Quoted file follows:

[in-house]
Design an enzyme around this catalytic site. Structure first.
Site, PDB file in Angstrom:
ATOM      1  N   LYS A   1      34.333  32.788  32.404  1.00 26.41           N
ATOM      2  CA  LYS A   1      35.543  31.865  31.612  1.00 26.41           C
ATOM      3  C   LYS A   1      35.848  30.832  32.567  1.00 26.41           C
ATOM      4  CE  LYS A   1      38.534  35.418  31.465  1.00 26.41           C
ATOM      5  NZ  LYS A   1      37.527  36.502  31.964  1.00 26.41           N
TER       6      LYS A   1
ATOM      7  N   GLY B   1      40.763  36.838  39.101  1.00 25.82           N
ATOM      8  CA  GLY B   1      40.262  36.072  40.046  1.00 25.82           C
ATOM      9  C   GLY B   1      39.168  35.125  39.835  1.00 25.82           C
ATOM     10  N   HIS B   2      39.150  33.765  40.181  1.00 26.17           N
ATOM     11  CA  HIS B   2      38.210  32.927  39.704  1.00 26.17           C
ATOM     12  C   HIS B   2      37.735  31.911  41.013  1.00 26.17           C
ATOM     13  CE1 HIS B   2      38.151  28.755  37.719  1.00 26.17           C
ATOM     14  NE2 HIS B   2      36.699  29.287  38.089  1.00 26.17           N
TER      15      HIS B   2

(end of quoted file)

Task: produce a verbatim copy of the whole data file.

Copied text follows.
[in-house]
Design an enzyme around this catalytic site. Structure first.
Site, PDB file in Angstrom:
ATOM      1  N   LYS A   1      34.333  32.788  32.404  1.00 26.41           N
ATOM      2  CA  LYS A   1      35.543  31.865  31.612  1.00 26.41           C
ATOM      3  C   LYS A   1      35.848  30.832  32.567  1.00 26.41           C
ATOM      4  CE  LYS A   1      38.534  35.418  31.465  1.00 26.41           C
ATOM      5  NZ  LYS A   1      37.527  36.502  31.964  1.00 26.41           N
TER       6      LYS A   1
ATOM      7  N   GLY B   1      40.763  36.838  39.101  1.00 25.82           N
ATOM      8  CA  GLY B   1      40.262  36.072  40.046  1.00 25.82           C
ATOM      9  C   GLY B   1      39.168  35.125  39.835  1.00 25.82           C
ATOM     10  N   HIS B   2      39.150  33.765  40.181  1.00 26.17           N
ATOM     11  CA  HIS B   2      38.210  32.927  39.704  1.00 26.17           C
ATOM     12  C   HIS B   2      37.735  31.911  41.013  1.00 26.17           C
ATOM     13  CE1 HIS B   2      38.151  28.755  37.719  1.00 26.17           C
ATOM     14  NE2 HIS B   2      36.699  29.287  38.089  1.00 26.17           N
TER      15      HIS B   2